- Legally binding undertakings from directors promising not to operate as a director of any UK company for up to fifteen years (although the number of years is usually reduced upon agreement with the CMA).
In both 2016 and 2018, the CMA exercised its power to disqualify directors of companies involved in breaching competition law. In these cases, directors of these companies were prevented from operating as a director for any UK company for three to five years. The CMA’s Executive Director later announced that the option for disqualification “ensures personal responsibility for competition law compliance”, emphasising that company directors “have an important responsibility to ensure their companies do not engage in illegal and anti-competitive practices”.
Aside from being held liable at company level, NEDs should be aware of the concept of parental liability. In its latest judgment on parental liability, (Goldman Sachs v Commission (T-419/14)), the General Court emphasised that where one company (the parent) holds significant voting rights, shares and/or other means of influence (for example the power to appoint members of the board of directors or call shareholders’ meetings) over a second company (the subsidiary), the parent is at serious risk of being described as holding a “decisive influence” over the subsidiary by the courts.
Once it has been established that a parent holds decisive influence over a subsidiary that has infringed competition law, the parent is likely to be held jointly and severally liable for those competition infringements.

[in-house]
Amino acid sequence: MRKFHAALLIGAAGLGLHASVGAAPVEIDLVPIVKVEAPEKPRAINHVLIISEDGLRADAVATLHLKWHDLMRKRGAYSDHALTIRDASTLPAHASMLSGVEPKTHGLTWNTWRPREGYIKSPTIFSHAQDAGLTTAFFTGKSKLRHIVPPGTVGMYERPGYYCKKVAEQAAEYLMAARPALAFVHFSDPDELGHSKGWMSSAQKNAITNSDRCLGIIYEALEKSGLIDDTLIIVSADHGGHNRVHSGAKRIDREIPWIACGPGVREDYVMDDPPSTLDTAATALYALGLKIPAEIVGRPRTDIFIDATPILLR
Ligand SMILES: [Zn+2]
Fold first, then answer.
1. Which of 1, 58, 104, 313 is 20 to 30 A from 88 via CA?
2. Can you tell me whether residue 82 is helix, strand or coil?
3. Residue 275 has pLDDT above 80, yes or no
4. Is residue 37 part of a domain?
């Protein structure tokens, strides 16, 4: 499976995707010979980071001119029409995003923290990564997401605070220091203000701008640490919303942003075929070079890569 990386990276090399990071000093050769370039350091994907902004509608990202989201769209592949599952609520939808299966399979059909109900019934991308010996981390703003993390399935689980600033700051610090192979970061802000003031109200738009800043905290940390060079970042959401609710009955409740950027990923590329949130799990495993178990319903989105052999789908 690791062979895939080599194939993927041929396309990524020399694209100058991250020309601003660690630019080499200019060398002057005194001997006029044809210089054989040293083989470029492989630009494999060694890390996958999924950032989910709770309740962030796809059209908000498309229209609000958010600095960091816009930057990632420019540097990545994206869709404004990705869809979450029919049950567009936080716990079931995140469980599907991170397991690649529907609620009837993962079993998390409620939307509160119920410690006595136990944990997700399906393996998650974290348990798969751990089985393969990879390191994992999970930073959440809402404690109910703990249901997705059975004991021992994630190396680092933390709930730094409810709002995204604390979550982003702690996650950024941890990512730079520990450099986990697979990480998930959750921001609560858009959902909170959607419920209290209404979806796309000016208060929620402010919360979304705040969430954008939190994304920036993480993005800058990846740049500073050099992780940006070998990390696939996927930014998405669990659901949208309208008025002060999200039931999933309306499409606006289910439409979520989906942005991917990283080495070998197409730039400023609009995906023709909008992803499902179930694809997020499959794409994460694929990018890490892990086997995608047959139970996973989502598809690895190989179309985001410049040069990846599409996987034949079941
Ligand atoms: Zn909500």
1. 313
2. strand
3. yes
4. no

Non-executive directors in competing businesses
The European Commission and the German Monopolies Commission have recently expressed concerns regarding individuals, asset managers and/or private equity firms holding minority shareholdings in competing businesses.
Whilst small equity investments are not yet sufficient to trigger merger control issues from the CMA or European Commission, there is a risk that competitively sensitive information could be exchanged when operating as an investor of multiple businesses within the same market and industry. The consequence of this may be a breach of competition law, in particular Article 101 of the Treaty on the Functioning of the European Union (TFEU). Competitively sensitive information can generally be defined as (1) information which is not in the public domain, which (2) concerns the parameters of competition, such as price of products or services, costs and production capacity.
Additionally, it has been suggested by the European Commission that investors increasing their number of holdings in competing companies may decrease incentives to compete. European Commission chief Margrethe Vestager has warned that companies may be “getting more closely linked” through the concept of common ownership, resulting in competitive harm.
As for NEDs holding multiple positions in boards of competing companies, it is likely that the same competition risks apply. NEDs should therefore be cautious when getting involved with boards of competing companies, not only to prevent breaching any director duties to promote the success of companies and to avoid conflicts of interests, but to also avoid exchanging competitively sensitive information with their other businesses in breach of competition law and avoid de-incentivising themselves when it comes to promoting competition, particularly given the European Commission’s recent focus on this.
This document (and any information accessed through links in this document) is provided for information purposes only and does not constitute legal advice. Professional legal advice should be obtained before taking or refraining from any action as a result of the contents of this document.